Industries & Professions

LED illuminated felt mushrooms

In this project we are going to show you how to make an E-Felt Fantastic Mushroom – an E-Textile sculpture that includes needle felting and electronics. The project deliberately explores a slow and contemplative manufacturing approach that takes into account the life cycle and sustainability of materials. By felting soft wool to create a fantastic shape that lights up, we can calm the mind, promote mindfulness, and express feelings of affection and connectedness with our communities and the natural surroundings.

2 hours




$ 40– $ 50: $ 25 and up for needle felting

Kits and $ 17 for electronic components


With a few tips from organic manufacturers to keep them sustainable:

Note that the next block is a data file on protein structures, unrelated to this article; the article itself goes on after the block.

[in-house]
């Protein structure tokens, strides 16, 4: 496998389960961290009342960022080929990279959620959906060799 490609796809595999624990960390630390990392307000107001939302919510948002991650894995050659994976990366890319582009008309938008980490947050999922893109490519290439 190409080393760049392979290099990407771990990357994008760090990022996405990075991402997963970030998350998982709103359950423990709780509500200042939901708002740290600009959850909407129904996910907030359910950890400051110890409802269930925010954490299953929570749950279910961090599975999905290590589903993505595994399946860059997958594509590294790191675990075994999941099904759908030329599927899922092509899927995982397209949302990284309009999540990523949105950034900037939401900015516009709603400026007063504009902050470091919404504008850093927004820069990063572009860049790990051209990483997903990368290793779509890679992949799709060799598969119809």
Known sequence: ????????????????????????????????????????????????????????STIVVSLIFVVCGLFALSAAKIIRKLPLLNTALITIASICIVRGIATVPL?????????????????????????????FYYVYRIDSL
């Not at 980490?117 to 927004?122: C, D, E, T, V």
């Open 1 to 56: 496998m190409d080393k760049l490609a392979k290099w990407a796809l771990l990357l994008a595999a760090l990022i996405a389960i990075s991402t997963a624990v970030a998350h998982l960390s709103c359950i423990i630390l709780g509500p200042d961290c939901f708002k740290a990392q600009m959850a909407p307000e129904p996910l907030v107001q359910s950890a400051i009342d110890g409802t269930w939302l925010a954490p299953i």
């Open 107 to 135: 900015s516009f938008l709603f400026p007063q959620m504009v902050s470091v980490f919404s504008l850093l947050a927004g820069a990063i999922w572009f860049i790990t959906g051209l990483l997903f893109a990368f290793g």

• Wool roving or splinters, 30 cm long, in 4 colors We use 100% pure New Zealand Corriedale wool splinters. Merino wool top is too fine for this project. Try to source local, sustainably produced wool without a mule. You can dye your own woolen and felt items using environmentally friendly natural dyeing methods.
  • LED sequins
  • Uncoated wire, bare silver or copper, 50 cm long, 0.2 mm – 0.25 mm (32–30 gauge) You can use copper wire that was stripped from an old audio cable.
  • 3 V battery We use a 3.7 V lithium polymer (LiPo) battery. You can use coin, AA, or AAA batteries, but rechargeable is ideal.
  • Matching battery holder with switch
  • Alligator clips (optional) for connecting the cables to the battery


  • Felt foam or mat Use felt mats made from 100% wool or plant-based foams (corn or soy).